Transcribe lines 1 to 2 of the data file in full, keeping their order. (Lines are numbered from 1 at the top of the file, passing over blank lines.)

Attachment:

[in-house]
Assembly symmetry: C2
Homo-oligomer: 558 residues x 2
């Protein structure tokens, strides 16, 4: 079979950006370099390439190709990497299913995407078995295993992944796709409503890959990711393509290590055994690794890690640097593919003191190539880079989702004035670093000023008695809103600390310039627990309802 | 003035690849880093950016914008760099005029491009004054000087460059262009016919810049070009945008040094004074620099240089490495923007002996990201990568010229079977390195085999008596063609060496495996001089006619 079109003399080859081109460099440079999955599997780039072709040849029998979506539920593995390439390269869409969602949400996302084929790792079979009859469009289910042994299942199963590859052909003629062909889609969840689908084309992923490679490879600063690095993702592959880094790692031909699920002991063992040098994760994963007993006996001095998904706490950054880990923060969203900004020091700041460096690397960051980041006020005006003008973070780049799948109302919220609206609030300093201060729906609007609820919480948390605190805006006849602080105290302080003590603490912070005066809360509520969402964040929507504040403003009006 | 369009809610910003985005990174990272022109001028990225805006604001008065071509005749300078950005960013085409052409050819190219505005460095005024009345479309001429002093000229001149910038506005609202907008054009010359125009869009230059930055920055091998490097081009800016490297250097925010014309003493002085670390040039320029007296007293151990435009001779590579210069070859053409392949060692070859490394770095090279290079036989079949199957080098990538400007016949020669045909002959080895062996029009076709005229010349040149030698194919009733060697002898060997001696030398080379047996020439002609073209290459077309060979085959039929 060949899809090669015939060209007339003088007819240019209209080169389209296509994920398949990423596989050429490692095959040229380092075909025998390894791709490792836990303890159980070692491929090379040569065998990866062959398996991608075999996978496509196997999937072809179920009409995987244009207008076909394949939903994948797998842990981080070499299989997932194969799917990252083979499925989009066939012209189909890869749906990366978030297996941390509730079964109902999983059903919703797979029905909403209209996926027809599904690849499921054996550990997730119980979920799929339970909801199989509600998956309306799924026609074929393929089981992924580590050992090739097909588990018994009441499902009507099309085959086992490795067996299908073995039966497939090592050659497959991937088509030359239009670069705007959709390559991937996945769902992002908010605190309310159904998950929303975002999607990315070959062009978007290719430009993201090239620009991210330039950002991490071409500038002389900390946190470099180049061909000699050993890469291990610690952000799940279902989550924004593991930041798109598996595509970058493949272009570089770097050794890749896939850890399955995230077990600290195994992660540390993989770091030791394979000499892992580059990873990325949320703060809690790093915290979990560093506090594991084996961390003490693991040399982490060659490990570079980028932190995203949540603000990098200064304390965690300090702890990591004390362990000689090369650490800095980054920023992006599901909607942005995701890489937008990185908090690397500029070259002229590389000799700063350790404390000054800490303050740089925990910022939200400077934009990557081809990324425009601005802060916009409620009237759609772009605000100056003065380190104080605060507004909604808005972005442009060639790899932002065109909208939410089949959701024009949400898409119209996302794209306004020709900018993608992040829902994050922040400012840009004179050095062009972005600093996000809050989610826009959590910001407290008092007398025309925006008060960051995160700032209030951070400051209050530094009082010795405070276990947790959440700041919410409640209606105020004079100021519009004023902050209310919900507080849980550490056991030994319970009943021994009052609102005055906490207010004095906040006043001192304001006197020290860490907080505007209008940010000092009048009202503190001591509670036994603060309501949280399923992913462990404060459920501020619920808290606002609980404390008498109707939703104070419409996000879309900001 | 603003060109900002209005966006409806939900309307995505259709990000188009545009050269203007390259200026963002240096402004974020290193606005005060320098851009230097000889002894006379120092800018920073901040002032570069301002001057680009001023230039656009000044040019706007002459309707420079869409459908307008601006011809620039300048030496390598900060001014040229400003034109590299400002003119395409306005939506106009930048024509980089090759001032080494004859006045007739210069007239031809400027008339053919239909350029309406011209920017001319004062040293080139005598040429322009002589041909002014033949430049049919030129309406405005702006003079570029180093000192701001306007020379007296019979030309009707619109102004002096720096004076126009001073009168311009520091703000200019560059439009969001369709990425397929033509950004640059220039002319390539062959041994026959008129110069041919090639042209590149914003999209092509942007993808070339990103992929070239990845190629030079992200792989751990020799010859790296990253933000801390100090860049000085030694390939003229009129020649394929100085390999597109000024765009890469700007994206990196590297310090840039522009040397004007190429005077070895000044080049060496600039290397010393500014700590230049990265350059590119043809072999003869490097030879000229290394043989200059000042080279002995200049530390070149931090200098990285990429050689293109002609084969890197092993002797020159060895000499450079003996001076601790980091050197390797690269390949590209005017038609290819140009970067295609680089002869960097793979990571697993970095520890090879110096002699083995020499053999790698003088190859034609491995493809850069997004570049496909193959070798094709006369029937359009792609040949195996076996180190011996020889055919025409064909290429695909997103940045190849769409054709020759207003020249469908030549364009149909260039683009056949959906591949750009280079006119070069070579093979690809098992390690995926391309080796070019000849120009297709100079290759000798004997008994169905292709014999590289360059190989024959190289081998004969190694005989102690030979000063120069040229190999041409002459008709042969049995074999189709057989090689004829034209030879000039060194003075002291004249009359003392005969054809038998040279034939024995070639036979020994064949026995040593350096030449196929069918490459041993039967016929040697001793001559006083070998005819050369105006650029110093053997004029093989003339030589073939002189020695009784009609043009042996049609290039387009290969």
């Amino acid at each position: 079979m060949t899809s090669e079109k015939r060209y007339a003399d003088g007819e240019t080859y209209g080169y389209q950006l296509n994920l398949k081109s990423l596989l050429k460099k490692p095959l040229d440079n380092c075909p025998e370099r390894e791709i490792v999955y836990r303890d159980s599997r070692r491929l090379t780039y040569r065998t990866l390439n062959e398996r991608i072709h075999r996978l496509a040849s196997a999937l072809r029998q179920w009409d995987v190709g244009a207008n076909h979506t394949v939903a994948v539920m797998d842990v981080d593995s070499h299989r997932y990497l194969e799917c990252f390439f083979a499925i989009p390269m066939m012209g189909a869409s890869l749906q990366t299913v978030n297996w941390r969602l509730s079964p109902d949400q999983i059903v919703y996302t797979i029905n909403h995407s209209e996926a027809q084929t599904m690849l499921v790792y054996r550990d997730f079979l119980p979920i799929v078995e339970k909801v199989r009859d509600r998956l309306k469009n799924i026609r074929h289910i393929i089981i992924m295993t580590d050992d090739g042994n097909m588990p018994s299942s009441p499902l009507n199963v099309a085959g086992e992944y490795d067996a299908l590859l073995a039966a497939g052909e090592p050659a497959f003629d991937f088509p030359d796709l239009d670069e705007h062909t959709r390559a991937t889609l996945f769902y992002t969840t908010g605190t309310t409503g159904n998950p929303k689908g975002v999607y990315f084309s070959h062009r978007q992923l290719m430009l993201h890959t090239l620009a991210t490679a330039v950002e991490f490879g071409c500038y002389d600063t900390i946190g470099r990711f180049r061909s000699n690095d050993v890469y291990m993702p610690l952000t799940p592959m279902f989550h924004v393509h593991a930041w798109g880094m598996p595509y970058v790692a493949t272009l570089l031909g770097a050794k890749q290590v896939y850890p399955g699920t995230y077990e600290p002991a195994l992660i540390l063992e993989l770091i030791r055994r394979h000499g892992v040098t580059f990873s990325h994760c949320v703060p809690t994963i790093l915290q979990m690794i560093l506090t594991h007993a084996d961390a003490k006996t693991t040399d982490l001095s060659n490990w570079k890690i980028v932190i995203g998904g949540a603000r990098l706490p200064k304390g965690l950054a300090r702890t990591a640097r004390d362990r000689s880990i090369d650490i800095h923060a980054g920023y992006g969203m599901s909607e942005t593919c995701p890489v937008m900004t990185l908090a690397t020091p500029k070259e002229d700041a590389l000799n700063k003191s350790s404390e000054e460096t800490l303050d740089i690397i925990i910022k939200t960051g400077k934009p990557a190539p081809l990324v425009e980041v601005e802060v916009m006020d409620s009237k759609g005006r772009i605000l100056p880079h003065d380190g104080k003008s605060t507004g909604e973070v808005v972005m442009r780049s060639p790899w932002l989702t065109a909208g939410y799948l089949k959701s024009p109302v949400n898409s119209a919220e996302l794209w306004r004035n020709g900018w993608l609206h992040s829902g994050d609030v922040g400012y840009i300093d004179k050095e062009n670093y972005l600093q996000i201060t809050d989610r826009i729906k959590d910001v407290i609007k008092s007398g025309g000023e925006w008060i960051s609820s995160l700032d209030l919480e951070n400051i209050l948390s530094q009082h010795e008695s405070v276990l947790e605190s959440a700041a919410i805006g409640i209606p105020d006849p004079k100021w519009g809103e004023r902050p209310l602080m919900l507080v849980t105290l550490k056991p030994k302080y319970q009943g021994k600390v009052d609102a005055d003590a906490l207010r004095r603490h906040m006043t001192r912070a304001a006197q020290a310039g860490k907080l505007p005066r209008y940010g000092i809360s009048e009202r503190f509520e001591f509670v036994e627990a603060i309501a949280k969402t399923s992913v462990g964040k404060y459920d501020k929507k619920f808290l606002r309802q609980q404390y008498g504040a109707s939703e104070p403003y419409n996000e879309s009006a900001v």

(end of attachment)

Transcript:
[in-house]
Assembly symmetry: C2